Should we care who gets the Olympic Stadium after London 2012?
From the moment London won the right to stage the Olympic Games in 2012, the future of the Olympic Stadium has been in question.
The London Bid Committee gave a compelling argument during its presentation in Singapore to the IOC about the importance of young people in sport and the legacy that a London Games would seek to create.
After the debacle surrounding the World Athletics Championships of 2005, which were supposed to be held near the current Olympic Park at Pickett’s Lock, creating a venue which would inspire potential young athletes for decades to come has become vital to the long term impact of the London Olympic Games.
The difference between successful Olympic Games and unsuccessful competitions has always been the legacy of the venues and the continuing impact on society.
Athletics, which Great Britain has done well in at an international level in the past, no longer captures the public’s imagination in the way that it should and by staging the Games for the third time, that enthusiasm and popularity could be reignited.
I spoke to someone the other day who suggested that athletics is a dying sport and not sustainable in the long term. My reply was that the presence of a stadium where history will be made next year is just sort of venue that will inspire new generations to rekindle the passion that athletics needs.
So when the Olympic Park Legacy Company makes its decision in a few days, it must go with West Ham FC’s bid to take control of the stadium, retaining the athletics track that will fuel the hopes and dreams of future generations .
The rival bid, from Tottenham Hotspur, who are not even based in East London, will see the original stadium ripped down and replaced with a football stadium that will do nothing to extend the athletics legacy which is at the heart of the Olympic Games.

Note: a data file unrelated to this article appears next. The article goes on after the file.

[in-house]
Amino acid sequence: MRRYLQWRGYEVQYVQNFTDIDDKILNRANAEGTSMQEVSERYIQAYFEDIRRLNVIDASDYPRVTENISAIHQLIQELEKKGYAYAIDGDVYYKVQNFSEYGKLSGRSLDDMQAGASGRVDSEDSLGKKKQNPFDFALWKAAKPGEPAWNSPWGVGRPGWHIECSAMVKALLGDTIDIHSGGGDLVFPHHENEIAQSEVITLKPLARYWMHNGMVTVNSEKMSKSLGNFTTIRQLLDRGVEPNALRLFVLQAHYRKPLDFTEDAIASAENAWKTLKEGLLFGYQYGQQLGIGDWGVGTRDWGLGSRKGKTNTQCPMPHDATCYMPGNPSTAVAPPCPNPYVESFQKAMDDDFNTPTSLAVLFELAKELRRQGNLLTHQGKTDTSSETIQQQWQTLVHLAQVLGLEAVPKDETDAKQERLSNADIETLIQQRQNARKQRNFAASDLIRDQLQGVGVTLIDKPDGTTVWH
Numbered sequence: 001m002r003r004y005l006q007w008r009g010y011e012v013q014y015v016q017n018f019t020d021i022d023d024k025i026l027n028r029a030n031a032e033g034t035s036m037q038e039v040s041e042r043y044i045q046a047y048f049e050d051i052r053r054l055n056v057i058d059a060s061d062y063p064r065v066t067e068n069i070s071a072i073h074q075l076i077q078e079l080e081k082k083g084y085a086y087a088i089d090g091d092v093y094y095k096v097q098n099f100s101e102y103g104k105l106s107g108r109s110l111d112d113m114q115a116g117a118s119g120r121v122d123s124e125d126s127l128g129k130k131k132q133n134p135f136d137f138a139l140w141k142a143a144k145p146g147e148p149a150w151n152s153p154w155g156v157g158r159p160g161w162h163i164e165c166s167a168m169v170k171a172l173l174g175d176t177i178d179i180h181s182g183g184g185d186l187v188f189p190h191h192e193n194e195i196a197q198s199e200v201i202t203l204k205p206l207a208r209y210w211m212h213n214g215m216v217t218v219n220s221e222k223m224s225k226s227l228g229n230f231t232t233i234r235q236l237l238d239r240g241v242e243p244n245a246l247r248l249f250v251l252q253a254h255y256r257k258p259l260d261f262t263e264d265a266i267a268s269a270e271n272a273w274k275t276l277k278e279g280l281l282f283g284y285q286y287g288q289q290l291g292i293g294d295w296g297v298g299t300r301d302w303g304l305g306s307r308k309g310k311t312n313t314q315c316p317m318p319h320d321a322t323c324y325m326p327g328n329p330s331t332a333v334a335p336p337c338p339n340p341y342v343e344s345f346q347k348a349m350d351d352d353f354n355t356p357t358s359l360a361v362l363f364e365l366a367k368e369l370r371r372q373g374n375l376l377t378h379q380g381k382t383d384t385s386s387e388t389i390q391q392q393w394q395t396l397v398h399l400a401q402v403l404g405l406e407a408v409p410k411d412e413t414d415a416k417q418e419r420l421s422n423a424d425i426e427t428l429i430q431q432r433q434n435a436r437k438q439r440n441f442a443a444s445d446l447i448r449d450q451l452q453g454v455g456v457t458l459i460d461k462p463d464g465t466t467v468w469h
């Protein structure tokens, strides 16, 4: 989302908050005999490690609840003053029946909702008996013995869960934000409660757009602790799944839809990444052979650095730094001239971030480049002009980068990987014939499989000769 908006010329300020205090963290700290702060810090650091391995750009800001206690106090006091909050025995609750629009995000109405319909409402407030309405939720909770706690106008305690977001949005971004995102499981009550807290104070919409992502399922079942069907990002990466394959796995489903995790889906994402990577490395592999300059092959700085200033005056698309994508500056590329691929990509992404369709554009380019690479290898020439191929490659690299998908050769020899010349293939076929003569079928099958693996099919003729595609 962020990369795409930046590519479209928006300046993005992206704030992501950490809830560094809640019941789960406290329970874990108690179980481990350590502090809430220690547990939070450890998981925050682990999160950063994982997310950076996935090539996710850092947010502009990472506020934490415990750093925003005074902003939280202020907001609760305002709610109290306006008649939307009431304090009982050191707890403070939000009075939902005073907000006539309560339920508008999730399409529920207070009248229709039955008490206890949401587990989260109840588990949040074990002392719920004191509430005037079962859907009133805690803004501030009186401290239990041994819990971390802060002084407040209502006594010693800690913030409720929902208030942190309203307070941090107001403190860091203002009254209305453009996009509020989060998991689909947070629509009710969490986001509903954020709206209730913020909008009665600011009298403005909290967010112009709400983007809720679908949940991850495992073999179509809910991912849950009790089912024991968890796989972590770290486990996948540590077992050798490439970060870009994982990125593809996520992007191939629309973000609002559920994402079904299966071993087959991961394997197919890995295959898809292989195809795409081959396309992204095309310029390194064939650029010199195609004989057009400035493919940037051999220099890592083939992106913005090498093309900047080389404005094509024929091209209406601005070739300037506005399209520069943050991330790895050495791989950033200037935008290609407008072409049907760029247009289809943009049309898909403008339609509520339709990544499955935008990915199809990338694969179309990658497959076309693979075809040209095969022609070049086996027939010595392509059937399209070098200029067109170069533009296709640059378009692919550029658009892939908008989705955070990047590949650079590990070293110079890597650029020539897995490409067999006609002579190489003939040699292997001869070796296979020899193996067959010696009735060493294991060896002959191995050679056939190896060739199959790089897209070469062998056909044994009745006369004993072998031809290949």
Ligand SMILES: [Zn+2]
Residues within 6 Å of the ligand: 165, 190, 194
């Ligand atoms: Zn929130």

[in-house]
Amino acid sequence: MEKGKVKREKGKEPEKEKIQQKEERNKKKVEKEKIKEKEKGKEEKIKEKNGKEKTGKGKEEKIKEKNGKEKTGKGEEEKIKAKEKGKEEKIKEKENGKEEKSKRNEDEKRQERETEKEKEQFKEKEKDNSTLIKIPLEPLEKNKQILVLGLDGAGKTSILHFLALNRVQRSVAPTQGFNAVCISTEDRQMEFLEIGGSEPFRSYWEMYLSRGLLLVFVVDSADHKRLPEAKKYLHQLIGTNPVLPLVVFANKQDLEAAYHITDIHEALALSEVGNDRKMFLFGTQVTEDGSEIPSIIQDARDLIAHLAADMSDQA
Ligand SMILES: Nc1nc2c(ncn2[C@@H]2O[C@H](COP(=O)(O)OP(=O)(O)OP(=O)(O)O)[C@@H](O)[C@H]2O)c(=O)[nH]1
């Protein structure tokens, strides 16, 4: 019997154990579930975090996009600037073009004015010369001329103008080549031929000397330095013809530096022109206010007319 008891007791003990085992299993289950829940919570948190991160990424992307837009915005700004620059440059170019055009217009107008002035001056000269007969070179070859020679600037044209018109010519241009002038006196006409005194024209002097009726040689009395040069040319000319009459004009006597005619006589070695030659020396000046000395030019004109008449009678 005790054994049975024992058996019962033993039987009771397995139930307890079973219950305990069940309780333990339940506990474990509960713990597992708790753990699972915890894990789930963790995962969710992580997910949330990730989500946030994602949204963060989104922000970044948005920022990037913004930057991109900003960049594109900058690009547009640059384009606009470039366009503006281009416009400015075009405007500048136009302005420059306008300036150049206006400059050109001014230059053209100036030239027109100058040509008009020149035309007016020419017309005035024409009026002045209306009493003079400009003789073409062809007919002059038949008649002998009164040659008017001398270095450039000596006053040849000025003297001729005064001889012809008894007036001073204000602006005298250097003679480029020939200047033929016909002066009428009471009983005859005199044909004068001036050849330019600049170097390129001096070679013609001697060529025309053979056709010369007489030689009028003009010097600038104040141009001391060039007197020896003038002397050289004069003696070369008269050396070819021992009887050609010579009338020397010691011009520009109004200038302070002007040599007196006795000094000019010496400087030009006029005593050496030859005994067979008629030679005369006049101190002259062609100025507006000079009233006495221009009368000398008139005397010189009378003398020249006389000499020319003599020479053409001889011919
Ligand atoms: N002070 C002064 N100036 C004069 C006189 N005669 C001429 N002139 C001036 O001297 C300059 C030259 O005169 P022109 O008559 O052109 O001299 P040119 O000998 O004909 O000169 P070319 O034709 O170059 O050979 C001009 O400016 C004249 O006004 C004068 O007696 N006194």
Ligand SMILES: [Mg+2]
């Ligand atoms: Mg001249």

Tottenham have proposed to upgrade the existing facilities at Crystal Palace, which was not chosen as the site for the London 2012 bid for reasons including its lack of transport links and location.
Interestingly, Tottenham, who have met with opposition not only from athletics fans but from their own fans, have sent out a survey this week asking fans for their thoughts about season tickets, but have chosen not to ask their opinions on moving to a new London location. And yet they claim to have had very little opposition to their plans.
And their campaigning head of communications is Mike Lee, the very man whose job it was to provide the emotional story of London’s legacy to the international media during the London Olympic bid.
Even Simon Clegg, formerly of the British Olympic Association, has come out against West Ham’s plans on the basis that football and athletics don’t mix. Certainly it will take some getting used to for fans in this country, but it has worked at stadia in Germany and Italy and can work in east London as well.
It's interesting to note that many seats at Wembley stadium are further away from the action than football fans separated by an athletics stadium will be at the Olympic Stadium.
Ensuring that Great Britain has an athletics stadium capable of holding world class events for years to come is vital to the prosperity of the sport in this country.
Given the commitments made in Singapore in 2005, London must also ensure that it keeps its promises, especially after the disappointment of England’s 2018 World Cup bid.
IAAF President Lamine Diack’s comments that Britain’s reputation will be ‘dead’ after the commitment they made to the IOC in Singapore, may not be such a huge exaggeration.
Lord Coe referred to it yesterday as our 'moral obligation' and he's not wrong. Backtracking on our commitment to the IOC would have ramifications that go way beyond the sporting world.
The future of athletics, the reputation of Britain as an honourable nation and the legacy London sought to create from next year’s Olympic Games are all at stake. There is only one choice and that has to be West Ham.